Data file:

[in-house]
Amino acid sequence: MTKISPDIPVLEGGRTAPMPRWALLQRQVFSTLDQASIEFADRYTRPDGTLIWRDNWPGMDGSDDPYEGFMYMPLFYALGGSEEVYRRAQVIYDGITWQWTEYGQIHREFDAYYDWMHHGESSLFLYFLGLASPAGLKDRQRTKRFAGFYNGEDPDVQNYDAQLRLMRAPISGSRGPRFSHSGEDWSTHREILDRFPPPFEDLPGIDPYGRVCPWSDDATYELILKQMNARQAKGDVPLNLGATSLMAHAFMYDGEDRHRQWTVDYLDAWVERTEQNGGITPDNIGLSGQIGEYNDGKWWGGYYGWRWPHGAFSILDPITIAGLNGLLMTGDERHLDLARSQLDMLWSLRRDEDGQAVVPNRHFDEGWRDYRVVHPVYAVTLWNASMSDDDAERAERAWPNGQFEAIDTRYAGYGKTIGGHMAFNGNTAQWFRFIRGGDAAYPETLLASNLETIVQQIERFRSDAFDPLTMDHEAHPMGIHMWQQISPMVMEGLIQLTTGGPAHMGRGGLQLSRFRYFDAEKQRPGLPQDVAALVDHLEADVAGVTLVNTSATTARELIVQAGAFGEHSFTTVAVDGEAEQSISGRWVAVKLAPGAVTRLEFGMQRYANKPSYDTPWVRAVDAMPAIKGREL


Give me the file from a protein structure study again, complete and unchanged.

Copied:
[in-house]
Amino acid sequence: MTKISPDIPVLEGGRTAPMPRWALLQRQVFSTLDQASIEFADRYTRPDGTLIWRDNWPGMDGSDDPYEGFMYMPLFYALGGSEEVYRRAQVIYDGITWQWTEYGQIHREFDAYYDWMHHGESSLFLYFLGLASPAGLKDRQRTKRFAGFYNGEDPDVQNYDAQLRLMRAPISGSRGPRFSHSGEDWSTHREILDRFPPPFEDLPGIDPYGRVCPWSDDATYELILKQMNARQAKGDVPLNLGATSLMAHAFMYDGEDRHRQWTVDYLDAWVERTEQNGGITPDNIGLSGQIGEYNDGKWWGGYYGWRWPHGAFSILDPITIAGLNGLLMTGDERHLDLARSQLDMLWSLRRDEDGQAVVPNRHFDEGWRDYRVVHPVYAVTLWNASMSDDDAERAERAWPNGQFEAIDTRYAGYGKTIGGHMAFNGNTAQWFRFIRGGDAAYPETLLASNLETIVQQIERFRSDAFDPLTMDHEAHPMGIHMWQQISPMVMEGLIQLTTGGPAHMGRGGLQLSRFRYFDAEKQRPGLPQDVAALVDHLEADVAGVTLVNTSATTARELIVQAGAFGEHSFTTVAVDGEAEQSISGRWVAVKLAPGAVTRLEFGMQRYANKPSYDTPWVRAVDAMPAIKGREL